I worked in that job for four years and received a rave recommendation letter for my next one. After three years, I had confessed to my boss about the lie. He told me he definitely would not have hired me. But he was glad he did.
In the mutual aid model, we give because we are asked.
We trust that people living in the struggle know better than you or I what they need. And it’s absurd to suggest there is an objective truth to what any of us deserve based on what we have earned in this system of exploitation.
My local humanist community and GO Team, Central Florida Mutual Aid, is working to expand our relationship with mutual aid. We do this because it is the model of giving we feel most aligns with humanist values: humans helping humans; shared power, local power; and radical inclusion. We participate in mutual aid because your struggle is my struggle. Because we have been lifted by our community and there are people who have not yet been lifted.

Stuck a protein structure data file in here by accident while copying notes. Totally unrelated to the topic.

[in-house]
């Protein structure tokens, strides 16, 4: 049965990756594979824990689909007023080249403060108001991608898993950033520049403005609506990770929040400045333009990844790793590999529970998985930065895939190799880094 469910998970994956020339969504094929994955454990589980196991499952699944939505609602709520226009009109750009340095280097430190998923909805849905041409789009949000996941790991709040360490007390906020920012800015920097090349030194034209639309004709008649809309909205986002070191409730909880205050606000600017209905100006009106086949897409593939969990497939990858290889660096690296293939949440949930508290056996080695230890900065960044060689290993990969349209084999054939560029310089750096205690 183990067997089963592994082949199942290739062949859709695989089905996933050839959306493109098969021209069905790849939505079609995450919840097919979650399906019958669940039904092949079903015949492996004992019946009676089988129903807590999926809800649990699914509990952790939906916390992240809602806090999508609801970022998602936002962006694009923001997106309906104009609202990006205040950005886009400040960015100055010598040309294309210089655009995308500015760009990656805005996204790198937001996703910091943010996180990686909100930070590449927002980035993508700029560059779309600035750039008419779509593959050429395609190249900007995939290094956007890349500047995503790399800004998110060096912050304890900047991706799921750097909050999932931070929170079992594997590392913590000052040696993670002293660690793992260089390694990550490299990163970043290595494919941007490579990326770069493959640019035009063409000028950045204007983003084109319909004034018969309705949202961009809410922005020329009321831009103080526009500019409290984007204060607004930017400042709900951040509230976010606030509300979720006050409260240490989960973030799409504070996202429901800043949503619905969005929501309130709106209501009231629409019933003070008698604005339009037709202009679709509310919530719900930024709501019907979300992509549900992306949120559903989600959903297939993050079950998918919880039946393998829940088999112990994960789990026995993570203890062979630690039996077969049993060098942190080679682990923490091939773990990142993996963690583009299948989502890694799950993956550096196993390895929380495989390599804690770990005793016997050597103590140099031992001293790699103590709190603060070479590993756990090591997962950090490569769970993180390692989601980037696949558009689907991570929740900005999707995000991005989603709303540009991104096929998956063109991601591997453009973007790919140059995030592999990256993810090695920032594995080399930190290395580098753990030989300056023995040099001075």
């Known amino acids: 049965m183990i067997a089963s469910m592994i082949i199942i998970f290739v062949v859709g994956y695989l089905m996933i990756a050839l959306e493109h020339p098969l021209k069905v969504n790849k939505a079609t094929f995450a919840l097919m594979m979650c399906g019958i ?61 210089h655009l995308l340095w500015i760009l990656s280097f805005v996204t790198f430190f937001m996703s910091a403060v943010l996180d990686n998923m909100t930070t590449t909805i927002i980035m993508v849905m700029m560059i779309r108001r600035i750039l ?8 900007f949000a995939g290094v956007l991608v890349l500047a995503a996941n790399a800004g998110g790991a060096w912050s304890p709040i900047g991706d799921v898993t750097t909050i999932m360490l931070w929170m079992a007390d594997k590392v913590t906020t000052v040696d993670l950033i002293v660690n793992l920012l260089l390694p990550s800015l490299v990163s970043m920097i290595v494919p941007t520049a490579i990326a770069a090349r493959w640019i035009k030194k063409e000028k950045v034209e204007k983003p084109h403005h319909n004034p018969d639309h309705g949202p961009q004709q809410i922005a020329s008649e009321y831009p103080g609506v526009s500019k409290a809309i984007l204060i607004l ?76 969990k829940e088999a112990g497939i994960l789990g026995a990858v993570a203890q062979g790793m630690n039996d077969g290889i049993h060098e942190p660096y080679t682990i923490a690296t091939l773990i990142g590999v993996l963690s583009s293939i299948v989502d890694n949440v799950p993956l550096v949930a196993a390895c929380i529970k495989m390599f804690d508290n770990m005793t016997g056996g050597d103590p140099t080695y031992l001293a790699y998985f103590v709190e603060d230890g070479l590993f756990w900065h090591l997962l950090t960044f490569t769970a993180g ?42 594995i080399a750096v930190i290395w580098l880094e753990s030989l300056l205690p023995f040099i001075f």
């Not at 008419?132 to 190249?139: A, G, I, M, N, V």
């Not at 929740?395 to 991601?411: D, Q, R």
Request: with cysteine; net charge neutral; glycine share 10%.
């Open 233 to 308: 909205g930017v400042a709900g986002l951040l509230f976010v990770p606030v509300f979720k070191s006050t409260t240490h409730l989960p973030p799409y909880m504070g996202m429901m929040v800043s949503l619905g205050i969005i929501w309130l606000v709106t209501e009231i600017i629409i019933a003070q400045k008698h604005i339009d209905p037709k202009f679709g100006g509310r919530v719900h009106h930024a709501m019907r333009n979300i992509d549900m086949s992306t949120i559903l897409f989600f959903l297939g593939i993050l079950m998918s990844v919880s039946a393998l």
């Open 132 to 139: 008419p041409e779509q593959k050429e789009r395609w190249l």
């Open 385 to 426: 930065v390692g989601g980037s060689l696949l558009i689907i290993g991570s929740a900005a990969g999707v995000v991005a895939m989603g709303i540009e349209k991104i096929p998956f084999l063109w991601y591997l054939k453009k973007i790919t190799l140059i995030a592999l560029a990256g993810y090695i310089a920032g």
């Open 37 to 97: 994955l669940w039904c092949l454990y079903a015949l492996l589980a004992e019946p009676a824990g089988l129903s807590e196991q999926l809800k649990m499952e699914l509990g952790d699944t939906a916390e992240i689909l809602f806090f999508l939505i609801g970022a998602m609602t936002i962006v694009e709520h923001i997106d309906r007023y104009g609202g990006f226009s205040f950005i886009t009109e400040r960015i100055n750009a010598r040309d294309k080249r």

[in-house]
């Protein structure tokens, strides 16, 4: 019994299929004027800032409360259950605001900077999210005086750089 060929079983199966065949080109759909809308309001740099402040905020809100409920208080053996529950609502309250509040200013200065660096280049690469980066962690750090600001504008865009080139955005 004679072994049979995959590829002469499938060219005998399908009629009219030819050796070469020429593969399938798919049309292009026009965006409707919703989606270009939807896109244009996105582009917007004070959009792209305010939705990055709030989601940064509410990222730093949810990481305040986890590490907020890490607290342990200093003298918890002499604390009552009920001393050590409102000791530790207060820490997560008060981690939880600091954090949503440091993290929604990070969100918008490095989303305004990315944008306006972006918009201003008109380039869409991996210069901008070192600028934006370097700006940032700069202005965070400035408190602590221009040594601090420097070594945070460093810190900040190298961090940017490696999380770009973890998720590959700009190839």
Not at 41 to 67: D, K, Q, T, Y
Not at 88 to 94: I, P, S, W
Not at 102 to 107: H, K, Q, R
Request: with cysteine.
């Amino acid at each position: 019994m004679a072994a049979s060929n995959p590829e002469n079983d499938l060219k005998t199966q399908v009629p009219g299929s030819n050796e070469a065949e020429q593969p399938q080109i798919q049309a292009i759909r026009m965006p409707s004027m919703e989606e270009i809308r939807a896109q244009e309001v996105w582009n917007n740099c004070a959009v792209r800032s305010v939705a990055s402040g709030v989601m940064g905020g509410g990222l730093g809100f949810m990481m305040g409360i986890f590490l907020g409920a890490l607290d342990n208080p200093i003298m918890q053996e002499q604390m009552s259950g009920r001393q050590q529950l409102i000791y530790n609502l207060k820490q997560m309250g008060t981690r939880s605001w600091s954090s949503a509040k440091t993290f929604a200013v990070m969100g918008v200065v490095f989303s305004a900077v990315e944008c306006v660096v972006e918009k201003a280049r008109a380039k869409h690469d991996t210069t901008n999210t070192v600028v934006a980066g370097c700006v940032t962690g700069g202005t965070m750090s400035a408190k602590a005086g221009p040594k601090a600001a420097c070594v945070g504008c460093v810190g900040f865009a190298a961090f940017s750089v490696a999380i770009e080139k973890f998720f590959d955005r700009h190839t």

I don’t know the truth of that mama’s circumstance.
I know that whatever her truth is, it is ugly enough to put her in a parking lot in excessive heat for hours begging strangers for money. And I know she doesn’t owe me anything. She doesn’t owe me her truth. She is telling me the story she thinks will inspire me to give. She is creative. She is resourceful. She is a survivor doing a difficult job. The hardest job. No one wants it. No one deserves it. And so I went back to the ATM and brought the family a little more money. I got to peek at their beautiful new baby and wave to their toddler. I got to go home to my wine and my charcuterie and my air conditioning. And no, I didn’t buy the salad.
Donations below will support mutual aid and food security initiatives that distribute over 58,000 meals a year to people like this.